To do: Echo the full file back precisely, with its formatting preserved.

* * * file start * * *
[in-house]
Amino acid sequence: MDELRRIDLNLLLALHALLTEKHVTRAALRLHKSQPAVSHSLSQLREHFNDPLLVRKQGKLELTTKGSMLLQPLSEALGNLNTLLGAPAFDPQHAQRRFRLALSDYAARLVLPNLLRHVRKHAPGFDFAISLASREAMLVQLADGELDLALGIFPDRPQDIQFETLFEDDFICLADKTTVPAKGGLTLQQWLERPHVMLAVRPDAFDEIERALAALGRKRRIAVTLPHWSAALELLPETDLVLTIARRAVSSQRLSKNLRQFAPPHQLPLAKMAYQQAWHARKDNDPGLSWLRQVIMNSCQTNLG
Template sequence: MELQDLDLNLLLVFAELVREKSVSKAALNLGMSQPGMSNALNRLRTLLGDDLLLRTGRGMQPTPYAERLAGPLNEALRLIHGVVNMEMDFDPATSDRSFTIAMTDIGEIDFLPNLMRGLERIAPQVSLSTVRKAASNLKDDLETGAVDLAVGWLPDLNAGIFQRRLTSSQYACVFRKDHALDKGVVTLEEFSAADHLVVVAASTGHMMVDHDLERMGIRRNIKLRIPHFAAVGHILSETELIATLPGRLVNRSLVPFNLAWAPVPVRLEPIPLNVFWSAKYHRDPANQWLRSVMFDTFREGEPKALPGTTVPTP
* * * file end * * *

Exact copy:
[in-house]
Amino acid sequence: MDELRRIDLNLLLALHALLTEKHVTRAALRLHKSQPAVSHSLSQLREHFNDPLLVRKQGKLELTTKGSMLLQPLSEALGNLNTLLGAPAFDPQHAQRRFRLALSDYAARLVLPNLLRHVRKHAPGFDFAISLASREAMLVQLADGELDLALGIFPDRPQDIQFETLFEDDFICLADKTTVPAKGGLTLQQWLERPHVMLAVRPDAFDEIERALAALGRKRRIAVTLPHWSAALELLPETDLVLTIARRAVSSQRLSKNLRQFAPPHQLPLAKMAYQQAWHARKDNDPGLSWLRQVIMNSCQTNLG
Template sequence: MELQDLDLNLLLVFAELVREKSVSKAALNLGMSQPGMSNALNRLRTLLGDDLLLRTGRGMQPTPYAERLAGPLNEALRLIHGVVNMEMDFDPATSDRSFTIAMTDIGEIDFLPNLMRGLERIAPQVSLSTVRKAASNLKDDLETGAVDLAVGWLPDLNAGIFQRRLTSSQYACVFRKDHALDKGVVTLEEFSAADHLVVVAASTGHMMVDHDLERMGIRRNIKLRIPHFAAVGHILSETELIATLPGRLVNRSLVPFNLAWAPVPVRLEPIPLNVFWSAKYHRDPANQWLRSVMFDTFREGEPKALPGTTVPTP